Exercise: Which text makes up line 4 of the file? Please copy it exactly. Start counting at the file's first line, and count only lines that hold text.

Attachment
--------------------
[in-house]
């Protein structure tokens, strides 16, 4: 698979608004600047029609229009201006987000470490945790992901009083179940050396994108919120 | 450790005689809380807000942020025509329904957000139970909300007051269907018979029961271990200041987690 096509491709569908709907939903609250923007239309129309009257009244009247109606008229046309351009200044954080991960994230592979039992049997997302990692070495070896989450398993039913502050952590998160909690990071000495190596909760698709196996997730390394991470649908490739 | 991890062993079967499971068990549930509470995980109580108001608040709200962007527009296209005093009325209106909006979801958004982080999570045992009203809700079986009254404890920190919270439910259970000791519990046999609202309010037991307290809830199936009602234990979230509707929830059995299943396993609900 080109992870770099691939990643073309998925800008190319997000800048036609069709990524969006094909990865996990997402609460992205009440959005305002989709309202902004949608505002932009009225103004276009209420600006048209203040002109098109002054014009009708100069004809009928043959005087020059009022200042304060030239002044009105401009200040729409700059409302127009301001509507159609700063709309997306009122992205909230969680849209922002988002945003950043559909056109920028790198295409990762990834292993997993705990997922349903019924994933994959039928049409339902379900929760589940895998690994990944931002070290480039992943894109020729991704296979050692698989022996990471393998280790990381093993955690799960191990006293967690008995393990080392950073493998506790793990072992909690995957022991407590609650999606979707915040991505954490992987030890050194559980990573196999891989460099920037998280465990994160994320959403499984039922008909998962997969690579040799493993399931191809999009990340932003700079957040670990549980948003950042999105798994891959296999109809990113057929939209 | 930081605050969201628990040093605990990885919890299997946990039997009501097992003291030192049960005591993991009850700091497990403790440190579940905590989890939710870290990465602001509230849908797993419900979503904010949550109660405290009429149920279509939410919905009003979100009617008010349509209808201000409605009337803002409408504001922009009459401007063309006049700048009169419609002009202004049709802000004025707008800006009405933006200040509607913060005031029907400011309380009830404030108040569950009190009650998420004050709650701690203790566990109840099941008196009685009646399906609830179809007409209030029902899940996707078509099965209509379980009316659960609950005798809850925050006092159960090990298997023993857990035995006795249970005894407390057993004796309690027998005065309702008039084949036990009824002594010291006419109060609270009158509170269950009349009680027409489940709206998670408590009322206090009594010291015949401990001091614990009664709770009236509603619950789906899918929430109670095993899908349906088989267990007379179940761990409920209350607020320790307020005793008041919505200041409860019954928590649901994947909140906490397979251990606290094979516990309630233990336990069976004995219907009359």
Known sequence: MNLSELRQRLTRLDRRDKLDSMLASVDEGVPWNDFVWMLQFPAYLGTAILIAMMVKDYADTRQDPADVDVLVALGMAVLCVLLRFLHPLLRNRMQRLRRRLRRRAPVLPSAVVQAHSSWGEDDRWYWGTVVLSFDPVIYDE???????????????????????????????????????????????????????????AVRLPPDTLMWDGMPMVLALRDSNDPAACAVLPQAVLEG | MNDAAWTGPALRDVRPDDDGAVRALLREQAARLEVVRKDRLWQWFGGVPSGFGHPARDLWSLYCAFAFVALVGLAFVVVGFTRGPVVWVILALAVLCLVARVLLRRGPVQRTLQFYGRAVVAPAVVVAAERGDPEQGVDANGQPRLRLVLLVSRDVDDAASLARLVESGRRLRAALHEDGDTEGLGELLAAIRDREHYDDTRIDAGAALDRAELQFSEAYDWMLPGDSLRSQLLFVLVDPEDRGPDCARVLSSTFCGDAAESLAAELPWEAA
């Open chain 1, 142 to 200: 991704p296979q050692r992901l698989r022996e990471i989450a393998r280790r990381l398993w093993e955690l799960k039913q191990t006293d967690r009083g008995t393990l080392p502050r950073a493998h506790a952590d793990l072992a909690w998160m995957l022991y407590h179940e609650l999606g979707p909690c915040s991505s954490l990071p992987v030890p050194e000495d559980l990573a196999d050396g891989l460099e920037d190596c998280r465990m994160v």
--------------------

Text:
């Open chain 1, 142 to 200: 991704p296979q050692r992901l698989r022996e990471i989450a393998r280790r990381l398993w093993e955690l799960k039913q191990t006293d967690r009083g008995t393990l080392p502050r950073a493998h506790a952590d793990l072992a909690w998160m995957l022991y407590h179940e609650l999606g979707p909690c915040s991505s954490l990071p992987v030890p050194e000495d559980l990573a196999d050396g891989l460099e920037d190596c998280r465990m994160v």